Migrating user files to a fresh install

Thanks to the advice I got from "stretch vs jessie" thread I decided to
do a clean install on a new (larger) microSD card. That leaves the old
filesystem unmolested and usable as a backup.
Are there any tools akin to Apple's Migration Assistant to automate,
or at least assist, the process of configuring the new system to
replace the old one? IIRC some things, like setting up the printer,
were fairly tedious.
Thanks for reading, and any ideas.
bob prohaska
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bob prohaska
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On Thu, 29 Mar 2018 18:41:58 +0000 (UTC), bob prohaska , > Thanks to the advice I got from "stretch vs jessie" thread I decided to
Well, you can probably replace the new system's /etc/cups directory with the old one, which contains your printer setup. I would just oopy /etc to somewhere, then judiciously replace things as needed. You'll need to insure that you have the relevant printer drivers available, if they aren't included by default.
Lately, local configurations are put in files that end with .local so that is some help. At least for some packages. rkhunter does this as "rkhunter.conf.local".
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I R A Darth Aggie
That's the sort of manual configuration I was hoping to avoid, but maybe there's no choice. Replacing directories isn't too bad, but knowing which directories to replace and files to edit is likely to provoke some hair pulling.
To my surprise, I looked in /usr/local/etc and found it empty. Thank you for the warning!
bob prohaska
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bob prohaska
This is exactly why some of us keep the config files we've edited in one of our user directories, and make a copy of the file each time its modified and working the way we want. Example: supposed I have a host named babel and I've just edited /etc/profile.d/less.sh and like the result, I'll copy it to ~/babel/etc/profile.d/less.sh - this way I not only have a record of my changes but I also know exactly where to put my copy after I've done a clean install and retrieved the /home directory structure from the latest backup.
/usr/local/etc is AFAIK never used by distro packages. Just as you should put programs you write in /usr/local/bin rather than /usr/bin, so you should put their config files, if any, in /usr/local/etc
Similarly, if you download and compile source for a FOSS program you should change its install tools to put the program in /usr/local/bin, any new libraries in /usr/local/lib and its config file(s) in /usr/local/etc because that makes sure that you, if the program should become part of a standard package, your local version can't interfere with the package version and vice versa. Note that I said "change its install tools" because you'll find that all too many FOSS tarballs will try to install stuff in /usr/bin, /usr/lib and /etc There's another useful trick as well: run these two commands as root:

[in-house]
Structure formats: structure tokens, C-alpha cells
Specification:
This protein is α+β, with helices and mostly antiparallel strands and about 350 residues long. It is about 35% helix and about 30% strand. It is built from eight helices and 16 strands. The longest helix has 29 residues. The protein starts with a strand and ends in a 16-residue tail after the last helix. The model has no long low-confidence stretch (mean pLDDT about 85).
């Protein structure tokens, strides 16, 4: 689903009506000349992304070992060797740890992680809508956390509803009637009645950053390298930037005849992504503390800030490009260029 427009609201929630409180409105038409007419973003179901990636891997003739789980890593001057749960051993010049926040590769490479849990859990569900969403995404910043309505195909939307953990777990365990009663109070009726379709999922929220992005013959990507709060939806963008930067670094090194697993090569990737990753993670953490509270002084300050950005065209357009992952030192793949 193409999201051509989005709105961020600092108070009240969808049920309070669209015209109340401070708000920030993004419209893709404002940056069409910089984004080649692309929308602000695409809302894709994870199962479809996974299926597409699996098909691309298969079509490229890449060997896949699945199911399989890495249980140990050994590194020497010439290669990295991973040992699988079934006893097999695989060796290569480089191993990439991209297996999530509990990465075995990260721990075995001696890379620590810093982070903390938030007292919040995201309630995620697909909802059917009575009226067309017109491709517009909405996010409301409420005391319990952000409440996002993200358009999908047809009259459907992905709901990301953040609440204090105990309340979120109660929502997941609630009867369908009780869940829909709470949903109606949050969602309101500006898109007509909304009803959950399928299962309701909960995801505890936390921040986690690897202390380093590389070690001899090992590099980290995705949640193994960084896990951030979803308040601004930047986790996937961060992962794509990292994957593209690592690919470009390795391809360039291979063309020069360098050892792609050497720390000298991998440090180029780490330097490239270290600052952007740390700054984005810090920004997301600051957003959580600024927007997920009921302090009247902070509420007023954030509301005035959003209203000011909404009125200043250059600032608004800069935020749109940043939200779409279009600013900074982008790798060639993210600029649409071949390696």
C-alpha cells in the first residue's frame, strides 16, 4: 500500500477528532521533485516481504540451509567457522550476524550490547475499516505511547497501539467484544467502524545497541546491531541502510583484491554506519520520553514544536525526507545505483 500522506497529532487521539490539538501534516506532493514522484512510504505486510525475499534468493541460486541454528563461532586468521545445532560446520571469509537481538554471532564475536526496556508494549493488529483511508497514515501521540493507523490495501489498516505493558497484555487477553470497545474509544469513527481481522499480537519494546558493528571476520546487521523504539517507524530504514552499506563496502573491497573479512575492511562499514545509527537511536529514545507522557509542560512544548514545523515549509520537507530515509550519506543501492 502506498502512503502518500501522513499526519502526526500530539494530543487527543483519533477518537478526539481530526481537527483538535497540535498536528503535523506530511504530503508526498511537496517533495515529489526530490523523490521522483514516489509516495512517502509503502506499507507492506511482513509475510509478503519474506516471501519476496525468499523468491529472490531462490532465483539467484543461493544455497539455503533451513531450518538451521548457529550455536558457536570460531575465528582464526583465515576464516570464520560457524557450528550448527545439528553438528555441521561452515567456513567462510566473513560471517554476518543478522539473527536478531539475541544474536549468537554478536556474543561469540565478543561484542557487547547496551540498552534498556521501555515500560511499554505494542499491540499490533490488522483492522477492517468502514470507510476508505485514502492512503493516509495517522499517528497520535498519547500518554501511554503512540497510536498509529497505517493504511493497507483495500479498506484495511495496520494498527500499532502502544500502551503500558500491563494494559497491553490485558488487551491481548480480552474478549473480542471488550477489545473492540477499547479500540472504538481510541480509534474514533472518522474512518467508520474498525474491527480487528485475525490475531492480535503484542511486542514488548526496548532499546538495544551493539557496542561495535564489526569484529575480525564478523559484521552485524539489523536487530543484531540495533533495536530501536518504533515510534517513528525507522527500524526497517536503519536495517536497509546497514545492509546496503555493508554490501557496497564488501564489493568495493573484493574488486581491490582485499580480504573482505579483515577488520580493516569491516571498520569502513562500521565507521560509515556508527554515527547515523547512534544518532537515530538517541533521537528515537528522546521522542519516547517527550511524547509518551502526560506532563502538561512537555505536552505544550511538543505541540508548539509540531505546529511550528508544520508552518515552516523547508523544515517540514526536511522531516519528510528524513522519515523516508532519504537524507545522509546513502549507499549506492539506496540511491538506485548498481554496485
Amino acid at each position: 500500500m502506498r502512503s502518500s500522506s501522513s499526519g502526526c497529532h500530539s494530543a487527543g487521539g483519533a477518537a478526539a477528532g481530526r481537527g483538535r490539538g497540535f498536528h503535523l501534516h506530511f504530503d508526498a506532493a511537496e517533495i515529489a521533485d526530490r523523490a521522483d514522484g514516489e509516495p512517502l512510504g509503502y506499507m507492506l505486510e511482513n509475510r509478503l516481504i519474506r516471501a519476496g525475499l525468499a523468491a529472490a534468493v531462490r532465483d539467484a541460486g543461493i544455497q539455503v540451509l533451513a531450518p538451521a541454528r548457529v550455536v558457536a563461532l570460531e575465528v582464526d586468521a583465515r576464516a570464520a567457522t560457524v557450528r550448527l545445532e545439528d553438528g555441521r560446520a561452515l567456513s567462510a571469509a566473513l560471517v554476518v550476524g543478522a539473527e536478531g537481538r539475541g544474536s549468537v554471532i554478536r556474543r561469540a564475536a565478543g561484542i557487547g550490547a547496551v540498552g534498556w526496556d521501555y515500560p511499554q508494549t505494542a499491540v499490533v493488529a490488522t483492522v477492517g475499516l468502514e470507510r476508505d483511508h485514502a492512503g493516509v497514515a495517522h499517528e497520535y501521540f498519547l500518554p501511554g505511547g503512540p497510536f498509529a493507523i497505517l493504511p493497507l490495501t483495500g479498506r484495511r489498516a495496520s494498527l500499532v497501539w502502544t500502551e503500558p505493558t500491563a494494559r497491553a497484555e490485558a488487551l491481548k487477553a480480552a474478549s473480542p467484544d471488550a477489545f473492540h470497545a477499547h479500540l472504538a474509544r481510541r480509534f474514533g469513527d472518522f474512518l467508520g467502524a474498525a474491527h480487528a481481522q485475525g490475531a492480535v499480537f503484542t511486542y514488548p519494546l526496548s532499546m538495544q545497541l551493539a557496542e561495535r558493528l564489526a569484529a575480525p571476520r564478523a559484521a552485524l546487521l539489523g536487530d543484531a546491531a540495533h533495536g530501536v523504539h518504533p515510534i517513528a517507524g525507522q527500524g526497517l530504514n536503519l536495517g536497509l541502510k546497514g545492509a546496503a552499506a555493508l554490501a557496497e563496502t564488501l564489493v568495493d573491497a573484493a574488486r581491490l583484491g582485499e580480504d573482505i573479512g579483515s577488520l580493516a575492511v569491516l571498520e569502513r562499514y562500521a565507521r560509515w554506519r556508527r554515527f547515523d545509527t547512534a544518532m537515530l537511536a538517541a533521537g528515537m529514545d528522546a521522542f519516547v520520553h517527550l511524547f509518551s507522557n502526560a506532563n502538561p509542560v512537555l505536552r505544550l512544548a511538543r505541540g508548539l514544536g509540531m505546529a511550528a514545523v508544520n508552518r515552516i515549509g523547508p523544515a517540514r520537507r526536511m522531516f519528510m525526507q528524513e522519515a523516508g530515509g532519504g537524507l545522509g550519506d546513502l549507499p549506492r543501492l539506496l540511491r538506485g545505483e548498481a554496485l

mv /usr/local /home/local ln -s /home/local /usr/local
so that the /usr/local structure is now in /home/local and you've set up a symlink called /usr/local that links to it. Why? Because this means that everything you put in /usr/local is now backed up along with all your stuff in /home *and will survive a clean install* because all you need to do after a clean install and recovering /home from a backup is to run as root:
rm -rf /usr/local ln -s /home/local /usr/local
and all your locally developed and manually installed FOSS stuff will be ready to use immediately.
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Martin Gregorie
And another point:
There is one special case for configuration files: its getting more common for utility programs with configurations that are often heavily modified to have a master configuration file that holds the main configuration statements and then references a directory which is where you are expected to put site-specific tweaks instead of editing the master config file.
The iconic example is /etc/profile, which configures the bash shell. You'll probably never need to modify /etc/profile because after its contents have been applied it looks in /etc/profile.d and also applies the contents of all the config files in that directory. In the case of bash, this means setting up environment variables that affect the screen display and modify the behavior of common commandline utilities, e.g. less and tidy.
Its a common pattern: the linked directory is in the same place as the configuration file and shares the same name but with a '.d' suffix. The names of files in the linked directory generally don't matter unless the order they are applied in is important - if this is the case their names usually start with two digits.
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Martin Gregorie

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